With factories in China now back at full steam producing products after the Chinese New Year, the outlook for ocean freight shipping for the remainder of the year is becoming clearer.
The entire supply chain is still bogged down. Vessels are sailing at maximum capacity with full utilization of carrier fleets. Those vessels sailing to the U.S. West Coast continue to face tremendously long waits in Los Angeles/Long Beach. Many vessels anchor for as long as two weeks before docking. We are still seeing roughly 30 vessels anchored outside Los Angeles/Long Beach at any one time. The port of Oakland is seeing as many as 15 vessels anchored outside the port at any one time. As mentioned in previous newsletters, this lengthening of the transit time has exasperated the container equipment shortage issue.
Many importers, where possible, have begun diverting shipments to East Coast and Gulf ports. Unfortunately, a number of shipments to the East Coast ended up being delayed by the Suez Canal blockage that lasted from March 23rd through March 29th. The impact of this one week blockage will be felt for months as vessels are delayed in reaching their final destination and carriers have to further readjust their sailing schedules.
With the clear realization that not only is there a backlog of cargo to ship out at the ports in Asia, but also a increase in volume expected in the coming months, the steamship lines have begun taking drastic actions.
1.) Reducing capacity to IPI inland rail locations
The steamship lines are making a concerted effort to limit the number of containers that move inland via rail. The carriers are desperate for empty containers to be reallocated back to Asia and do not want to allocate containers moving inland. Importers with containers moving to rail destinations like Dallas, Memphis, and Kansas City will need to pay increasing premiums to get space. Even paying more may not be enough with limited space available to fight over.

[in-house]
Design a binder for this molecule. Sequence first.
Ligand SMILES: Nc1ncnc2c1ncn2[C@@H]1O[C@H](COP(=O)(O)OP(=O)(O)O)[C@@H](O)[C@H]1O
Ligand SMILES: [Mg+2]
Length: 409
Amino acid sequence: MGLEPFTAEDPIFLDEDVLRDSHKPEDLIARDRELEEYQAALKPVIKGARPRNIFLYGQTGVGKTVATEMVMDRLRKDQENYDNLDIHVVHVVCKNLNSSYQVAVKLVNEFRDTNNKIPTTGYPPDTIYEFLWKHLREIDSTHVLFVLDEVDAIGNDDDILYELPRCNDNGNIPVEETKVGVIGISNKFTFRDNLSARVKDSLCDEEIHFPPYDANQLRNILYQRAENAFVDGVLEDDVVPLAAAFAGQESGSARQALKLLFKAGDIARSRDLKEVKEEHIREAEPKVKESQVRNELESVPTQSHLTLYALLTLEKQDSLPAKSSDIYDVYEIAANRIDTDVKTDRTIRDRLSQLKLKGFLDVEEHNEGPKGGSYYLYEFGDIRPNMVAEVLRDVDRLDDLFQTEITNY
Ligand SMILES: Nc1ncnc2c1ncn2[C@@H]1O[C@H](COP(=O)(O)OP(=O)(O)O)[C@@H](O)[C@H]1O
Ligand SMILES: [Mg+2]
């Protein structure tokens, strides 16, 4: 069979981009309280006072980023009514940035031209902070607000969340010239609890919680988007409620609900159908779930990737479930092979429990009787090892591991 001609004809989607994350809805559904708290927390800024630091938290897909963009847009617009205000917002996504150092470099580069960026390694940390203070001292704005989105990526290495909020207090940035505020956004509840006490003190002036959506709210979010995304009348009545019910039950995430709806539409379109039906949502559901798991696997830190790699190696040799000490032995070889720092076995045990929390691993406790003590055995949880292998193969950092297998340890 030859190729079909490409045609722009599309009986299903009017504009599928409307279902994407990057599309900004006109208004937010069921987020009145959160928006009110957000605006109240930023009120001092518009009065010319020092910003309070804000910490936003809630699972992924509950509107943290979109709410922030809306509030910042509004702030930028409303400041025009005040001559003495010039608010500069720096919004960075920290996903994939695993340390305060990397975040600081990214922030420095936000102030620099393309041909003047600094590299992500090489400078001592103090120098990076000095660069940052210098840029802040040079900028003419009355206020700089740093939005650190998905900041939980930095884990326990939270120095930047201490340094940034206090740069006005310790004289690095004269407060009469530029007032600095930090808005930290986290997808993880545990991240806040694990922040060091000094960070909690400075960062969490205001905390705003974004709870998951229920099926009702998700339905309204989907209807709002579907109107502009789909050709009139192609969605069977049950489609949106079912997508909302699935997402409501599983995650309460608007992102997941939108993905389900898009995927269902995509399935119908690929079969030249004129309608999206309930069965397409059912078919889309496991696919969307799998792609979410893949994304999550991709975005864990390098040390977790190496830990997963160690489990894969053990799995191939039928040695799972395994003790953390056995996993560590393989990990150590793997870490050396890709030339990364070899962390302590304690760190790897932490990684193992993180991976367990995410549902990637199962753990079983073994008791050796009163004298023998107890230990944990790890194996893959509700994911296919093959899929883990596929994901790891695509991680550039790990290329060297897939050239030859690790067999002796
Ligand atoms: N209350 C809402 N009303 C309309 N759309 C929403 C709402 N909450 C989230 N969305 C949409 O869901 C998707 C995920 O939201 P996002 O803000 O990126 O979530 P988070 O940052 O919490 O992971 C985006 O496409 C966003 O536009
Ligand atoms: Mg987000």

2.) Reducing port calls
In order to try to gain some control over the transit time and vessel schedules, carriers have begun skipping or in some cases permanently removing port calls. We’ve already received news of various strings removing Oakland from their West Coast port calls. Importers with containers coming to the port of Oakland will face even more challenges finding space for their shipments.
Ocean freight shipping cost
Ocean freight rates had a very brief moment of stabilization during the early weeks of March. However we see rates clearly heading upwards in the coming months. More and more space is being dedicated to importers willing to pay a premium. We are expecting that carriers will follow through with an additional increase in rates in May. Shipments to the U.S. East Coast and Gulf ports have already seen their costs increase in the past weeks. These increases come months before the traditional peak season, which can only mean that importers should expect to see even higher costs once we get to true peak season during the second half of the year.
The reality is that congestion and even higher freight costs are likely here to stay for the remainder of the year if not beyond. Without any silver bullet to solve the global congestion crisis, importers need to plan accordingly.